Top Five Reels Meme

Following Hooiching on her latest meme, returning in kind for a meme favour. I'm a little of a movie buff and have watched tons and tons of them before I discover anime in later life. There are countless of good movies selections to pick from, but I will try to have a rounded selections of older series instead, here goes,

1. Shawshank Redemption

This movie comes as a surprise to me since I'm not a big Stephen King or horror fan. As the matter of fact I did not know that he wrote to book and only saw the credits at the end. A very good plot twist and the pace was excellent, bet you did not know if the main character, Andy Dufresne, looks liked he could be heading down hill and tries to kill himself but no, he manages to escape thru a poster in the wall.

A major theme of the film is hope, symbolized in the music, and is present throughout the story of the film. The movie uses Andy Dufresne to bring hope and redemption to the fallen world of Shawshank Prison and its convicted felons.

The character Andy has some striking (albeit imperfect) parallels to the most famous messianic figure, Jesus of Nazareth. Both are condemned though innocent, both undergo a version of death, resurrection, and ascension, and both bring hope and redemption to their followers. Jesus' first miracle was turning water into wine, whereas Andy's first wonder was convincing the guards to give the prisoners beer.

2. Sixth Sense

You have to admit that as an experience movie goer, there is not much of storylines that can stump you but in the case of Sixth Sense, it totally stumped me till the every end and I loved it. Who could have guess the ending? I did not till the ring drops on the floor, absolute brilliant piece of movie writing.

The color red is used prominently throughout the movie in situations where the dead are present (see the color of the balloon and Cole's sweater at the birthday party, the tent in which he first encounters Kyra, the numbers on Crowe's tape player, the doorknob to the locked closet, the grieving mother's dress, etc.) Shyamalan's film The Village similarly portrayed the color red as having connotations with evil and the supernatural (specifically, the mysterious monsters that inhabit the woods surrounding the village).

3. My Fair Lady

I like a little singing in some of the movies and this one have lots of good tracks to sing to. A nice little classic that you don't mind seeing as a rerun.

No dubbing was done for Harrison, whose singing voice was closer to speaking on pitch and rhythm than to actual singing. In addition, the actor declined to pre-record his musical numbers for the film, explaining that he had never sung the songs the same way twice and thus couldn't pre-record them and convincingly lip-sync to a playback during filming as musical stars had been doing in Hollywood since the dawn of talking pictures. In order to permit Harrison to sing his songs live during filming, the Warner Bros.

Studio Sound Department, under the direction of George Groves, implanted a wireless microphone in Harrison's neckties, marking the first time in film history that a wireless mike was used to record sound during filming. Both the sound department and Harrison earned Academy Awards for their efforts.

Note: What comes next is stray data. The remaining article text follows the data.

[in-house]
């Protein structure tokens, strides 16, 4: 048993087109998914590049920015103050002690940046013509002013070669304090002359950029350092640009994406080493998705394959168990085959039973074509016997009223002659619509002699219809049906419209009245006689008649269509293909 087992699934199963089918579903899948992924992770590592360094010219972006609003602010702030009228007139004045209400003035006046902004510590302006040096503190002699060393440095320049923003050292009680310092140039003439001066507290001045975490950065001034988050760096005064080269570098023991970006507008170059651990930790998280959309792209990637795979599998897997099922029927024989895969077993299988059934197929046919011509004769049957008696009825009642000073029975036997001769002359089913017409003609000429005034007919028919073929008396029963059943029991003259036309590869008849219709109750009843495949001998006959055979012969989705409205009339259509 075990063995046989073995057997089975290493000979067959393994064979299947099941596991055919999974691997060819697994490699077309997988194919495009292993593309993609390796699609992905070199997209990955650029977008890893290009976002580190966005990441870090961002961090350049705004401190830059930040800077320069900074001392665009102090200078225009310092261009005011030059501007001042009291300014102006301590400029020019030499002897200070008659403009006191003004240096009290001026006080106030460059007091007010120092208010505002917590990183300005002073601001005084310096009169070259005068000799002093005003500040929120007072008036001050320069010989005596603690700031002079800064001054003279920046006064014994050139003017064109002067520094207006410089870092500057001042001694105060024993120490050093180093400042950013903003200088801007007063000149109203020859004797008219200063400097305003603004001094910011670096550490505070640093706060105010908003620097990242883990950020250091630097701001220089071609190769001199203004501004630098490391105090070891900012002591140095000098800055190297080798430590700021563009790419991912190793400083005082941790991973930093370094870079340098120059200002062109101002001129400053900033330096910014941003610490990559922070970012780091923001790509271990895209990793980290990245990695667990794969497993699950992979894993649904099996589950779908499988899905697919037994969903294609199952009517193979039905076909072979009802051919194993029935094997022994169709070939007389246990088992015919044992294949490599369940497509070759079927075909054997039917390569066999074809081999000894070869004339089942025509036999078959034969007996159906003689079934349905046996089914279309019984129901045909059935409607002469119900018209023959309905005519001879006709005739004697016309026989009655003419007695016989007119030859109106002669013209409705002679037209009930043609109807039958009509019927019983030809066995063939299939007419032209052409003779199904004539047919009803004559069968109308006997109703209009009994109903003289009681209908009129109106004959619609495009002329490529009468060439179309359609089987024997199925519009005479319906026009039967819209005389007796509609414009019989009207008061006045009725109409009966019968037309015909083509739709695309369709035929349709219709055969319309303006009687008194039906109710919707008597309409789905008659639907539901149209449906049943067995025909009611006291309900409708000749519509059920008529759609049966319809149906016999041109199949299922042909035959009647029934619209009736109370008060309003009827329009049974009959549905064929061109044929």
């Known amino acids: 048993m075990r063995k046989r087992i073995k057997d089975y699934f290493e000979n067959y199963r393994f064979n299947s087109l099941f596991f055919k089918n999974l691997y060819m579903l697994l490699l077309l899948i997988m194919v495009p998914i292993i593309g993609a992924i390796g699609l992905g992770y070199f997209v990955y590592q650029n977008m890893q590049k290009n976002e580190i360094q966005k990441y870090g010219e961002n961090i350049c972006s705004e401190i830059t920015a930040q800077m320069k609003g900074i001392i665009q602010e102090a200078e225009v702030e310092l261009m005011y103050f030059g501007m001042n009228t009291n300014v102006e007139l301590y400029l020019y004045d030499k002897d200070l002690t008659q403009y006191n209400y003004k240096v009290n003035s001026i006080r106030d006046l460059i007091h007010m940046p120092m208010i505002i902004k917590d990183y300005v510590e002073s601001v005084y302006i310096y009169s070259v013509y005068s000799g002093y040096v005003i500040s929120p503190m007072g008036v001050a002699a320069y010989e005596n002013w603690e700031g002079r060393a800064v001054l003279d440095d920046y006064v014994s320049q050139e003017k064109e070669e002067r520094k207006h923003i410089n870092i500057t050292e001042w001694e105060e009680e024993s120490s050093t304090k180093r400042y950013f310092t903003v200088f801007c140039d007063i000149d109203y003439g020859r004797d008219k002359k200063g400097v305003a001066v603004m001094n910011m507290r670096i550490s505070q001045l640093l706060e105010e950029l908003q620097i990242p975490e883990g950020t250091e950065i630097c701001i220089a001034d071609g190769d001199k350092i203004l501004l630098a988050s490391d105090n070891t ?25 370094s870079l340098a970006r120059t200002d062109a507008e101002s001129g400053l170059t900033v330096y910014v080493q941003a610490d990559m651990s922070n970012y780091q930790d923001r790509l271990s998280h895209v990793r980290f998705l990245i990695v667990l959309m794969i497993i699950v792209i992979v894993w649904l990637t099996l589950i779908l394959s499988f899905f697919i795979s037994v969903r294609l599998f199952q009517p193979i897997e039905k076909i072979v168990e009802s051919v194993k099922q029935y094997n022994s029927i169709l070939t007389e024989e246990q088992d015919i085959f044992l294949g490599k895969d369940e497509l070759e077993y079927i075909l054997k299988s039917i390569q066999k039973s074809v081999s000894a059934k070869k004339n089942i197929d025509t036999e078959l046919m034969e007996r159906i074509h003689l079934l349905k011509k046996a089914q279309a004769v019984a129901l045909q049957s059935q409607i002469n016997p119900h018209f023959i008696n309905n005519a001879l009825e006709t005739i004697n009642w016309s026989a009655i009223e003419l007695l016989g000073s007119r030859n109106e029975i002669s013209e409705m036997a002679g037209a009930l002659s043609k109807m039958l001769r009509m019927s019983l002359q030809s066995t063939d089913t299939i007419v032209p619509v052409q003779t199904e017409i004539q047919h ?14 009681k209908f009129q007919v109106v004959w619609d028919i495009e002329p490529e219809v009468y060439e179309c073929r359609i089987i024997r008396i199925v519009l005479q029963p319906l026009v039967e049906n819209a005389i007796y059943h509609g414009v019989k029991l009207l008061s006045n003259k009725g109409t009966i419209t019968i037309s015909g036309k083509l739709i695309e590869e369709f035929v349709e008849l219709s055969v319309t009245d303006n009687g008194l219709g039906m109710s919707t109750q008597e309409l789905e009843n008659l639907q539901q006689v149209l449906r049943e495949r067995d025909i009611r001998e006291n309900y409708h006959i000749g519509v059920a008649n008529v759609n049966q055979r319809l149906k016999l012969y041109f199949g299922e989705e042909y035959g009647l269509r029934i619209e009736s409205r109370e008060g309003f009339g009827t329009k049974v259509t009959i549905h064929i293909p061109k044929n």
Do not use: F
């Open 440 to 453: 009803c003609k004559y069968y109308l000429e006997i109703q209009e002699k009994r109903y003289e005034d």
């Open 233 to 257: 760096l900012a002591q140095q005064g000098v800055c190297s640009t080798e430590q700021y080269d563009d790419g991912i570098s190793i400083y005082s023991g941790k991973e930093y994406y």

4. Star Wars (Episodes 4 to 6)

I'm sure lots of ppl will have this as one of their all time fav movies. To me it was real, original and it had a gripping storyline. Not many movie have sequels then and even now, characters in the sequels do not grow as the story progress. Sci-fi teach was first class and was out of this world by then standards. George Lucas was a pioneer and a great visionary. I think episodes 4 to 5 stayed true to the original idea and feel of Lucas's vision, the subsequent ones are a little too much on visual impact, drowning the storyline and making it less enjoyable.

Unlike the traditional science-fiction/fantasy films preceding it, the Star Wars world was initially portrayed as dirty and grimy, rather than sleek and futuristic. In interviews, Lucas tells of rubbing the new props with dirt to make them look weather-worn, a concept he has referred to as "a used or ancient future".

George Lucas embraces a style of epic storytelling that uses motifs, common themes and concepts which he alters slightly each time they occur. The concept is lifted from Romantic (early 19th century) music, but Lucas applies it both visually and as an integral part of his storytelling.

5. Indiana Jones series

I liked the adventure, the hat, the whip and most of all I happen to like Harrison Ford's acting, nuff said.

Indiana Jones, "Obtainer of Rare Antiquities", is modeled after the strong-jawed heroes of the matinee serials and pulp magazines that George Lucas and Steven Spielberg enjoyed in their childhoods. The two friends first discussed the project during the time of release of the first Star Wars film. Spielberg told Lucas how he wanted to direct a James Bond film - Lucas responded that he "had something better than that".

The character was originally named Indiana Smith; However Spielberg disliked the name, and Lucas casually suggested "Indiana Jones" as an alternative. Indiana was the name of an Alaskan malamute Lucas owned in the 1970s (the same dog was also the inspiration for Chewbacca)

Hope you enjoyed my movie raving, have a nice day! No, there will be no tagging today. Cheers!